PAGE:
Don’t get me wrong: I’m a fan of RSS feeds. Coupled with a nice RSS reader, they let you keep on top of the latest blogs from your favourite websites. And they make it quick to sift through lots of news.
If you run a WordPress website: by default anyone can check out your RSS feed – even if you don’t link to it with one of those handy little RSS buttons.
That’s useful. But it can cause trouble.
What’s the problem with RSS feeds?
As much as I like RSS feeds – if you’ve never paid any attention to yours whatsoever – this useful function could also be causing you problems:
- Dodgy people can use your RSS feed to steal your content
- RSS feeds can prevent your blogs from converting website visitors
Yikes! Sounds scary.
Don’t panic. Let’s look at these points in a little more detail, and pay our RSS feed some attention. If only this once.
Even if you aren’t as much of a fan of the good old RSS reader as I am, you shouldn’t ignore your own RSS feed completely.
Dodgy people stealing content
Scrapers are basically bots that read your website and nick your words to use on their own site, or to use in those annoying spam comments you sometimes see.
They work in a similar way to Google when it indexes your website. They read the HTML on your website and convert it into an easy-to-read format.
But scrapers are bad. Very bad. While different scrapers goals vary, none of them are trying to help you out. On the whole, they’re using your words to save writing nice, original copy for themselves.
If a scraper takes your copy and sticks it on another website – this can be terrible for your SEO. Google recognises if multiple websites display the same copy and it’ll penalise accordingly – even if the copy was yours to start with.
Very quickly you can find your stolen page de-indexed – never to see the light of day in a Google search engine results page again.
And even if someone hasn’t built themselves a bot to do this – well this is where that RSS reader comes in.
It’s nice and easy for someone to rip off your entire blog if they have an RSS reader. If someone can read your entire blog post through their RSS reader, then they can also steal your entire blog post – without you ever knowing who dunnit.
RSS readers losing you sales
And if dodgy people can get your entire blog post through their RSS reader – so can your target audience.
An RSS reader imports RSS feeds, so you can get a summary of articles you’re interested in, all in one place, as they’re posted online.
That’s not so bad – anyone seeing your content is good for brand recognition, of course.
But let’s get real:
The purpose of your blog is to convert. If your target audience are reading all your posts offsite, there’s no way of knowing if they’re doing their job of converting. Now or ever.
And if they can get your brilliant content without even visiting your website, it’s more difficult to drive people to a conversion.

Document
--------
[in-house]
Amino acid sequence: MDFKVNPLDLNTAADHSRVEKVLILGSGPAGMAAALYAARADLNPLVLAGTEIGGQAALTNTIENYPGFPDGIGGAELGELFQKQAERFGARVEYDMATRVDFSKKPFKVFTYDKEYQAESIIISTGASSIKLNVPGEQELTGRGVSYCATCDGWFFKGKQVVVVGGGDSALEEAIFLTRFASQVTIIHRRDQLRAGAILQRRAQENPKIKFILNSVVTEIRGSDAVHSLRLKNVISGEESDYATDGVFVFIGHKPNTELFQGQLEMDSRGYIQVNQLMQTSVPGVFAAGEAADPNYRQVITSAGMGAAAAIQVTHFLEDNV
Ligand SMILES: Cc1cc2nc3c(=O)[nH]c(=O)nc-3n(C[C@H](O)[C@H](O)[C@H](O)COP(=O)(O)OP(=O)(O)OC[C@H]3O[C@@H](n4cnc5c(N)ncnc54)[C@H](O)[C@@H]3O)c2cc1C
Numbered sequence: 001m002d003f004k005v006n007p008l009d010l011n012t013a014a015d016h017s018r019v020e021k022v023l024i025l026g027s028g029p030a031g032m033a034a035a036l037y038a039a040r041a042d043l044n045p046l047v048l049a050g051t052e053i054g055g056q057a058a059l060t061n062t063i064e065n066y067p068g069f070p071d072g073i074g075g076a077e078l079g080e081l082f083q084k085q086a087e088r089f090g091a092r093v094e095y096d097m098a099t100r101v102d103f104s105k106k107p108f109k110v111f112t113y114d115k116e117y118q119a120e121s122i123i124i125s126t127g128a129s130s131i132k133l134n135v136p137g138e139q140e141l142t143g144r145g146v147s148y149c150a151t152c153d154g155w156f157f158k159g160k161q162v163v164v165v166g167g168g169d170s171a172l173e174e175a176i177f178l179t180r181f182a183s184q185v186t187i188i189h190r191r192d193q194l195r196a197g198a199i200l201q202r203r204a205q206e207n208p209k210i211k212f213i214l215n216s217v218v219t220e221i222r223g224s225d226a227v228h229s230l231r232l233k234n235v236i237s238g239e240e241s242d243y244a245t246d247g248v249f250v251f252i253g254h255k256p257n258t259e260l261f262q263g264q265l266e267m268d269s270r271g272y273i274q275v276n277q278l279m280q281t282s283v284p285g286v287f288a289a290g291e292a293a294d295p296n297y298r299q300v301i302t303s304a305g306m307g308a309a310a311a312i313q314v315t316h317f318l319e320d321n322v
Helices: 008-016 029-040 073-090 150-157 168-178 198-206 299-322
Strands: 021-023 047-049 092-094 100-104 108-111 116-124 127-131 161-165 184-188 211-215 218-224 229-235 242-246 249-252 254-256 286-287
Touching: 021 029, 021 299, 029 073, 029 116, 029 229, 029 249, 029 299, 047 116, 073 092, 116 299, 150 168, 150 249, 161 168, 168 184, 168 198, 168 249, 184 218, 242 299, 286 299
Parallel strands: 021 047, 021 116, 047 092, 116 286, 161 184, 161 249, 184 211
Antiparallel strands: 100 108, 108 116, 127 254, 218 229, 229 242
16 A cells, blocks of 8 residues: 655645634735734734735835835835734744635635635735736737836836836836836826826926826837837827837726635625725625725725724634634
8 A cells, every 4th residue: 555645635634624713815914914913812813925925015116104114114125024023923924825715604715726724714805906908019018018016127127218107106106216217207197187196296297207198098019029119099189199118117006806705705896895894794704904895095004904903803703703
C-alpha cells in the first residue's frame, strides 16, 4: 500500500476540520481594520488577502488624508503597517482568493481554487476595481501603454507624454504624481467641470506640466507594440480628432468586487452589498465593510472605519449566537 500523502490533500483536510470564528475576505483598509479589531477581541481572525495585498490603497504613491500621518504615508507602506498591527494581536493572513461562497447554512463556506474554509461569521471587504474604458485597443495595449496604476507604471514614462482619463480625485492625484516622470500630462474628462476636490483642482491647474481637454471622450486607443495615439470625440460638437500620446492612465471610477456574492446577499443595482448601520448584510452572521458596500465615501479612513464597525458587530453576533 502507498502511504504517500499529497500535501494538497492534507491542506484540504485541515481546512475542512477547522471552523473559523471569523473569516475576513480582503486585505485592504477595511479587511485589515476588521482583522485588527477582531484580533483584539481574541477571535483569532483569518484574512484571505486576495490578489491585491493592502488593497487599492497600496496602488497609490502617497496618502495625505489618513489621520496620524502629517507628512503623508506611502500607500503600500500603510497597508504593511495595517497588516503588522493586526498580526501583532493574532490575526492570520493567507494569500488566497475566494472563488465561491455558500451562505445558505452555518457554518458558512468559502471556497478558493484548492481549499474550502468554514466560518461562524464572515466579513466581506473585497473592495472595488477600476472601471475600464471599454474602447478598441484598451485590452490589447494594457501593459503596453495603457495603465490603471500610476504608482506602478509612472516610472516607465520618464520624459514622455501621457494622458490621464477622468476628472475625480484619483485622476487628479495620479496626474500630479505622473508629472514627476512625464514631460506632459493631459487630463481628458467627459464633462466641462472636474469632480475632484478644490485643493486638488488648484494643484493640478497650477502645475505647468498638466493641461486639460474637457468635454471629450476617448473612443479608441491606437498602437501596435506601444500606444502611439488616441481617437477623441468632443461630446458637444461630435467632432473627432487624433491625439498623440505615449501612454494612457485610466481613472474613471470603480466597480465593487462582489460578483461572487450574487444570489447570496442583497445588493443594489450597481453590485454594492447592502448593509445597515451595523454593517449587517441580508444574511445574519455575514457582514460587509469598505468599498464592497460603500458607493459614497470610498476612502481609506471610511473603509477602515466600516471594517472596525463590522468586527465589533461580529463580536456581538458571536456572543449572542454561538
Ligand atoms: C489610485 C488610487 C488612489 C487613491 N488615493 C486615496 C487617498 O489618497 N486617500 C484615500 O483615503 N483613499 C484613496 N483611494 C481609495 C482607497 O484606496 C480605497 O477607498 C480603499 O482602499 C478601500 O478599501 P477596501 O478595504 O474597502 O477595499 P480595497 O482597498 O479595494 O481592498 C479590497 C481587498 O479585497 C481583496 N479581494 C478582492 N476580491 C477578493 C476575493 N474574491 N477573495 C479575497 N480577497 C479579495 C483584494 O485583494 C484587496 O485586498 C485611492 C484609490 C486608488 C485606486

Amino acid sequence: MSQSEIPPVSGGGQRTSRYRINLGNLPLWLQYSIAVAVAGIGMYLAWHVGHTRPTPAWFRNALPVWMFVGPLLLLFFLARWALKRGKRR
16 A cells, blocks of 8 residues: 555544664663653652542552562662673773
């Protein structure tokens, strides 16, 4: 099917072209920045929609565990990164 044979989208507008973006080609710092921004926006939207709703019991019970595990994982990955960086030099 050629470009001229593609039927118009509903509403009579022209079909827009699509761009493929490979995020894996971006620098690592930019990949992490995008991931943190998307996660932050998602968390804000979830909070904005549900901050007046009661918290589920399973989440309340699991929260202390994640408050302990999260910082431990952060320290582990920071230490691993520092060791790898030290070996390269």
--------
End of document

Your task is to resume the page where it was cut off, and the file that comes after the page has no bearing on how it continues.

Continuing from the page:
A degree of offsite promotion is great – on social media, for example, where you have some control and some metrics to judge conversion. But just isn’t the case with an RSS feed, so you need to be more careful about how much you let people view.
As I mentioned, WordPress blogs come with an easy-access RSS feed.
Anyone can type your website address followed by /feed into their RSS reader to get a nice stream of all your blogs. And you’ll never know they’ve done this. So you won’t be able to track it.
How to sort out your WordPress RSS feed
Well, that’s all very doom and gloom.
But don’t worry, it’s easy to fix.
First of all – in your WordPress admin, click on Settings then Reading. Here you’ll see a few simple settings relating to your blog post.
Take a look at the option: For each article in a feed, show – this is the setting you want to pay attention to.
Select Summary then click Save Changes
And you’re done.
From now on, anyone subscribed to your RSS feed will just get a short summary each time you publish a blog post – rather than the entire post.
Just enough to tempt the reader onto your site, so you can track if and when people read your posts. And increase your chances of readers converting to sales, newsletter sign up, or reaching any of your specific website goals.
If you want to go a step further, you can use a plugin like Yoast SEO to protect against scrapers stealing your blog summaries. You can use this plugin to add a little bit of code to each of your posts. For example, below I’ve added the phrase: “The post When DIY copywriting doesn’t work appeared first on Unramble,” with links:
To do this automatically on all your posts:
Install the Yoast SEO plugin, then click SEO and Advanced and go to the RSS tab.
Then follow the easy instructions to customise the snippet you want to include before and/or after posts in RSS feeds.
That way, if those pesky scrapers try to post your content onto another website, it’s going to be pretty darn obvious to readers and search engines.
This is one of those easy to overlook issues, much like your 404 page. But it’s so easy to fix – it’d almost be silly not to.
In just a few seconds you can go some way to protect your unique content and preserve your website metrics. And your hardworking copywriter will rest a bit easier too.
For blogs worth stealing, get in touch!
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